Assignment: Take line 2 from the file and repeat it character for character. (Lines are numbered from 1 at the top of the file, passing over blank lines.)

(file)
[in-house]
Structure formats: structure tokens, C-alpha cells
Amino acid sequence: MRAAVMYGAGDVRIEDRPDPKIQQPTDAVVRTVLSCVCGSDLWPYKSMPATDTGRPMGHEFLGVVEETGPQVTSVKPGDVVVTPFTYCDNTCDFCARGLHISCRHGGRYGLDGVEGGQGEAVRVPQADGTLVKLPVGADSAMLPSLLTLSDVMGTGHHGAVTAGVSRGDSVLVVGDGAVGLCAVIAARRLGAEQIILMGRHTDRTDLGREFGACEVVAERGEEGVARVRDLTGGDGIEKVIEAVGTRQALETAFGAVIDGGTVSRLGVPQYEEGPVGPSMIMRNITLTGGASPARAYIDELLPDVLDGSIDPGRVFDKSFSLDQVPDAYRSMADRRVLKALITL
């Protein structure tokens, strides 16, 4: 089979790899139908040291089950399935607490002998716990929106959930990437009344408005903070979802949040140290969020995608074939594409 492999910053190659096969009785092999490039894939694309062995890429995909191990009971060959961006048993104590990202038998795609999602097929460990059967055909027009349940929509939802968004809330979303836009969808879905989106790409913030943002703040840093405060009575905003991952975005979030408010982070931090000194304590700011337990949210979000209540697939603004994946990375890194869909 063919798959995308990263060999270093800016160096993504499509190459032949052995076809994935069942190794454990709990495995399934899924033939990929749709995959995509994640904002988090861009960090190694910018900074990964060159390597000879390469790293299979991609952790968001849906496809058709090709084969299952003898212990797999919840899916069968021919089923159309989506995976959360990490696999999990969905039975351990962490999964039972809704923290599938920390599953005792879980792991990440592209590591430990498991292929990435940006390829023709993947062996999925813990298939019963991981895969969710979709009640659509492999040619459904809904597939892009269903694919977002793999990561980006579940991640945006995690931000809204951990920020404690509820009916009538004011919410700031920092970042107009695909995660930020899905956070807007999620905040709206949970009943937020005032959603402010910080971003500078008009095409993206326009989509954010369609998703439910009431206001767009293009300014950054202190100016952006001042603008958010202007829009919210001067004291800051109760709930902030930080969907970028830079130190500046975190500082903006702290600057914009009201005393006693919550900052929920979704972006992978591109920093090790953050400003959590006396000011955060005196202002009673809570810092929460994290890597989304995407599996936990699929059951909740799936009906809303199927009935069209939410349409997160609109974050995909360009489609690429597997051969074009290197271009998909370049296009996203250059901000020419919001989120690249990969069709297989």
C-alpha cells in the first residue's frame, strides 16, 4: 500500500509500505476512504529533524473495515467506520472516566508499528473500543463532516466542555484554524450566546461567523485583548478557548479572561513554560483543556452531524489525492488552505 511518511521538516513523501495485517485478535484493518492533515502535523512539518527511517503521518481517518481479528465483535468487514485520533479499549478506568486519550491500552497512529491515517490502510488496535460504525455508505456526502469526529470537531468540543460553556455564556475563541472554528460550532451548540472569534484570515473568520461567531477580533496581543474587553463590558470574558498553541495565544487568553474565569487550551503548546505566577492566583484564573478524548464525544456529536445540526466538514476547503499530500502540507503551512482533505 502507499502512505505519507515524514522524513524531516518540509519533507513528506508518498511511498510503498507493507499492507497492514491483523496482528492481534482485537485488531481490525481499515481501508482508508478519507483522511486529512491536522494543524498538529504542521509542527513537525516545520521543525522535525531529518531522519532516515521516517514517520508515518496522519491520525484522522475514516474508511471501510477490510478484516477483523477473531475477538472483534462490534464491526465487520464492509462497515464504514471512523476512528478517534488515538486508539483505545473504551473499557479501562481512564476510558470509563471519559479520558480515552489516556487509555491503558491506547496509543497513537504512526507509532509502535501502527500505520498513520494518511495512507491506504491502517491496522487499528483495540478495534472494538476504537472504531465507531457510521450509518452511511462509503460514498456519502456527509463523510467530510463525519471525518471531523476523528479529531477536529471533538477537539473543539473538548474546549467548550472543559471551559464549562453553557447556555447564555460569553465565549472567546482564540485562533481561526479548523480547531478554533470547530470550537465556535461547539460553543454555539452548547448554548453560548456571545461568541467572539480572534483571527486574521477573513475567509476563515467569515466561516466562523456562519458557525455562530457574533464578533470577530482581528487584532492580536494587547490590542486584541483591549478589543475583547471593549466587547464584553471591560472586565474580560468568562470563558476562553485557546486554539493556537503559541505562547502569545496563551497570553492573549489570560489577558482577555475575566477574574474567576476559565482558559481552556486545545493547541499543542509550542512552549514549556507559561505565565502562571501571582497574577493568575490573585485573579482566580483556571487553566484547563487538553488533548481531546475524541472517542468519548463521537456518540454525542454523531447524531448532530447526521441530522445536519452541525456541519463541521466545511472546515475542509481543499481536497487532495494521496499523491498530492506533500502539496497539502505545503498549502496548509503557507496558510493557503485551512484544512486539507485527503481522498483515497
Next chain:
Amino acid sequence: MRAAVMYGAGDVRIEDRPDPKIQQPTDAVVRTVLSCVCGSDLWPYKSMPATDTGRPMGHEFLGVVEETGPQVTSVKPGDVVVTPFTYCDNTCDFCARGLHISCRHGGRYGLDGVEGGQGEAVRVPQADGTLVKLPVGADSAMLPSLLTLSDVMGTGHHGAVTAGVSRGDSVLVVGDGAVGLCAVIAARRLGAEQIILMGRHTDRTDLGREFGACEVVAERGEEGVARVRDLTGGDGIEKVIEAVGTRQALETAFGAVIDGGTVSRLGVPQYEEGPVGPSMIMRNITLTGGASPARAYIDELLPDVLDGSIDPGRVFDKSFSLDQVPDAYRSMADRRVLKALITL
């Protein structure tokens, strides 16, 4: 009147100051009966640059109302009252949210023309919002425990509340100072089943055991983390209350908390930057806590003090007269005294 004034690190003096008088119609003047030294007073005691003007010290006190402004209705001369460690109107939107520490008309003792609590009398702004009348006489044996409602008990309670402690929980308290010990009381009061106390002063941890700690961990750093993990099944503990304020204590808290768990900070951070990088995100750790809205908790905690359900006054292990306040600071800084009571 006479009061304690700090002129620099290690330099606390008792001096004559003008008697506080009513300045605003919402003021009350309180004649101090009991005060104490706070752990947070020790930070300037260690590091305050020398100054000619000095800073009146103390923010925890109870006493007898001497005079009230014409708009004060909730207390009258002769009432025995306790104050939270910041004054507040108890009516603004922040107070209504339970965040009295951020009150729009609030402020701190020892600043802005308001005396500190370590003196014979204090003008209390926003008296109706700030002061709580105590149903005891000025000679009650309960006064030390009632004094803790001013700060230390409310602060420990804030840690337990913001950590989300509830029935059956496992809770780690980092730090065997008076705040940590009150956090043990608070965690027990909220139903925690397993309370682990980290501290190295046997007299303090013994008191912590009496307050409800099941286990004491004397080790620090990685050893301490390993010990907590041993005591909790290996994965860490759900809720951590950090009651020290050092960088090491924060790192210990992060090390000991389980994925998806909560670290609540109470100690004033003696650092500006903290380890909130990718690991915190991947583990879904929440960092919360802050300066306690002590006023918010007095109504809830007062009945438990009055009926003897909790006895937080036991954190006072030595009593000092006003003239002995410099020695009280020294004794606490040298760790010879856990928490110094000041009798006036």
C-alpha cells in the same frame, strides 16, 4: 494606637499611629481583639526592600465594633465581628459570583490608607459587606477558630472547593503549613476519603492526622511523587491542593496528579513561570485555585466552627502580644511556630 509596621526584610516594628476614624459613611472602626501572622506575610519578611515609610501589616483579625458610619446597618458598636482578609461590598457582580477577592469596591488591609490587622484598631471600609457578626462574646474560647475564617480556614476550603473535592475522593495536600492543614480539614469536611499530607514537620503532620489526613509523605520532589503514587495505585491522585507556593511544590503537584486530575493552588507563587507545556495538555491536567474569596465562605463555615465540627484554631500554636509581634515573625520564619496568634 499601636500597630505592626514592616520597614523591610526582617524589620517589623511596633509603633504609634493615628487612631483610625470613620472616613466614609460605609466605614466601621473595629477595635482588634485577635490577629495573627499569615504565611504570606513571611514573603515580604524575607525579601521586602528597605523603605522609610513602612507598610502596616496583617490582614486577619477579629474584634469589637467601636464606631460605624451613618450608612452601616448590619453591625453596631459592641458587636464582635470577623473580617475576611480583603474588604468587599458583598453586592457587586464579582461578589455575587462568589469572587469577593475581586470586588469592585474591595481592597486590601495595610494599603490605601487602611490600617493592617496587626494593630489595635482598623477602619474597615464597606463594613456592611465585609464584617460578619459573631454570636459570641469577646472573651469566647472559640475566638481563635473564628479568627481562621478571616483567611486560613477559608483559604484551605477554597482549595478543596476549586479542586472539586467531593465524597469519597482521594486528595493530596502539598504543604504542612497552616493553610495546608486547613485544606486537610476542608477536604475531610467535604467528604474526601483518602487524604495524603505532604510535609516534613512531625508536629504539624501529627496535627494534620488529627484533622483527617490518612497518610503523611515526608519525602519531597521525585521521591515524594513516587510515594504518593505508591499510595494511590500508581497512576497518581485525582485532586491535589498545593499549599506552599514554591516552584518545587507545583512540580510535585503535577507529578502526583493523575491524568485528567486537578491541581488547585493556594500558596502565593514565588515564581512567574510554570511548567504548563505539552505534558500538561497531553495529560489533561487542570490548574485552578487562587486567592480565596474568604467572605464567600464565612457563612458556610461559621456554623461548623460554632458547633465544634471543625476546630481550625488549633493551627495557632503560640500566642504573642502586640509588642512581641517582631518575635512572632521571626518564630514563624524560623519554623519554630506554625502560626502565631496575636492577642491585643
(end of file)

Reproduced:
Structure formats: structure tokens, C-alpha cells